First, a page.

Author(s): HaferMacko CE, Ivey FM, Sorkin JD, Macko RF
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Abstract BACKGROUND: Abnormalities of endogenous fibrinolysis are linked to diabetic macrovascular disease; whether key vascular endothelial regulatory proteins, such as tissue plasminogen activator (tPA), are altered in diabetic neuropathy microvasculature is unknown. This neuropathologic case: control study investigates the hypothesis that tPA expression is regionally deficient in microvessels in human diabetic neuropathy. METHODS: tPA and von Willebrand factor (vWF), a vascular endothelial cell marker, are detected on vascular endothelium by immunoperoxidase methods with specific antibodies on formalin fixed paraffin embedded sural nerve biopsies from six diabetic and six axonal neuropathy control nerves without vasculopathy. The proportion of microvessels in each nerve region expressing tPA is determined by the ratio of tPA positive vessels/total vWF positive vessels on serial sections. RESULTS: tPA expression is lower in diabetic neuropathy cases compared to controls in all regions, including epineurial (62.4 +/- 8.6\% vs 91.0 +/- 1.6\%, p < 0.02) and endoneurial microvessels (51.7 +/- 7.1\% vs 91.5 +/- 2.9\%, p < 0.001). CONCLUSIONS: These results demonstrate a four- to sixfold increase in the number of peripheral nerve microvessels lacking immunodetectable tissue plasminogen activator in the epineurial and endoneurial vessels in diabetes, suggesting that impaired endogenous fibrinolysis might contribute to microvascular ischemia in human diabetic neuropathy.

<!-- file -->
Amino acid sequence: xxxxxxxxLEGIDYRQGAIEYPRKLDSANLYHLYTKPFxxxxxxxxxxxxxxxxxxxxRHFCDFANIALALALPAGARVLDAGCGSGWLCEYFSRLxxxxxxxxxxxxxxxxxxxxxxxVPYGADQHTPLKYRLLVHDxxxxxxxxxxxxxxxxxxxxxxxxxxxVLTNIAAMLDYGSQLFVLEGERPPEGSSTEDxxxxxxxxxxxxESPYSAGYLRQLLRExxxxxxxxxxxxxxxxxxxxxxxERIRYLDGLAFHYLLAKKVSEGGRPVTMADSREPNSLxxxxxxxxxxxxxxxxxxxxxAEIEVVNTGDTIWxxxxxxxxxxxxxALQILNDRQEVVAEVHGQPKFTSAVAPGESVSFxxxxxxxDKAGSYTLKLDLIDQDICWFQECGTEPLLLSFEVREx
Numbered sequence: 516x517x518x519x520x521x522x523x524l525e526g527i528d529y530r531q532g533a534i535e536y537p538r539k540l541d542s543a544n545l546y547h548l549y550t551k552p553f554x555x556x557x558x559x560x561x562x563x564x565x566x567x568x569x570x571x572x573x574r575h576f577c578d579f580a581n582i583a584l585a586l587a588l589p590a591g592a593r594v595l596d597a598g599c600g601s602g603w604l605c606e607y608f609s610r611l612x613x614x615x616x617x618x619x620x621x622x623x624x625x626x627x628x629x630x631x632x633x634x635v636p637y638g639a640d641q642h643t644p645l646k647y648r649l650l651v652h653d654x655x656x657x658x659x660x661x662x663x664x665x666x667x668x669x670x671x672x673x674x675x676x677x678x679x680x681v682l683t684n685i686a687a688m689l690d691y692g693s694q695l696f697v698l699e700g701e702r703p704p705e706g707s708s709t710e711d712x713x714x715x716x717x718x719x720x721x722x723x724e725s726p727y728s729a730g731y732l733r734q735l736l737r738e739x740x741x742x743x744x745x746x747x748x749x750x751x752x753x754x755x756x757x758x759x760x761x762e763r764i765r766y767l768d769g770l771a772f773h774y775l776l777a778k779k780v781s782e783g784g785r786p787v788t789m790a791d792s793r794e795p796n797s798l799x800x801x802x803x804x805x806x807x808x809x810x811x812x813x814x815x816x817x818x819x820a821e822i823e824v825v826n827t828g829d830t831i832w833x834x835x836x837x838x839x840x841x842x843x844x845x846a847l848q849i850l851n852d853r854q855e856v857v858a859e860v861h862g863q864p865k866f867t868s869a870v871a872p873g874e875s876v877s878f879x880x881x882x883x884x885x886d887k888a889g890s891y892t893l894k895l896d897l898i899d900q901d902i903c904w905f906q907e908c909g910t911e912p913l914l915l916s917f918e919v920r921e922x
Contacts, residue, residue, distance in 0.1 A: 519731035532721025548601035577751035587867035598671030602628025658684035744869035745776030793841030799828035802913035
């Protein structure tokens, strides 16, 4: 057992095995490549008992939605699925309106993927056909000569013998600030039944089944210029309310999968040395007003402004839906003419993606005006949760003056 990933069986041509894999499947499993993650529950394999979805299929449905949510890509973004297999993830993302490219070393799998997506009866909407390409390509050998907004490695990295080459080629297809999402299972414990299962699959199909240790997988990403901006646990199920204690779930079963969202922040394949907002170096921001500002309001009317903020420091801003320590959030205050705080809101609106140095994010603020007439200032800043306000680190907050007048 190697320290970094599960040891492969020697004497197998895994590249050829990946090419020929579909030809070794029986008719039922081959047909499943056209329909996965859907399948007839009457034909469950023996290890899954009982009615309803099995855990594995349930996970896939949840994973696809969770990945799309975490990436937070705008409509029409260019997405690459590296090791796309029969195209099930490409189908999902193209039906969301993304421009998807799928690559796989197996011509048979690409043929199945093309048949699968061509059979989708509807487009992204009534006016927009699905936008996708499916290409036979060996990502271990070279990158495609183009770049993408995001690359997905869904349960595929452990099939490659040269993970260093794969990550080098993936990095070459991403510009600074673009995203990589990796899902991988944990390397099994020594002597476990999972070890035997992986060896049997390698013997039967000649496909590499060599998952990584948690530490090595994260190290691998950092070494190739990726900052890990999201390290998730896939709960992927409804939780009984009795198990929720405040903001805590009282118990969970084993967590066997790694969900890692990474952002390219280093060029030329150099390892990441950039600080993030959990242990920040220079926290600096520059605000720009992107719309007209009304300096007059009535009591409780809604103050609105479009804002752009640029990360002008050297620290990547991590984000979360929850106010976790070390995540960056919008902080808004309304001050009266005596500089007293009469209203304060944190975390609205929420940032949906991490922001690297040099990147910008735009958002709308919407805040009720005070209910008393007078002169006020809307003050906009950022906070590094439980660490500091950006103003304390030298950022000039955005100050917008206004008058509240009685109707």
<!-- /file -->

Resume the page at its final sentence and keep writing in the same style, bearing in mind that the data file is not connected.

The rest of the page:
This article was published in Neurology
and referenced in Medicinal chemistry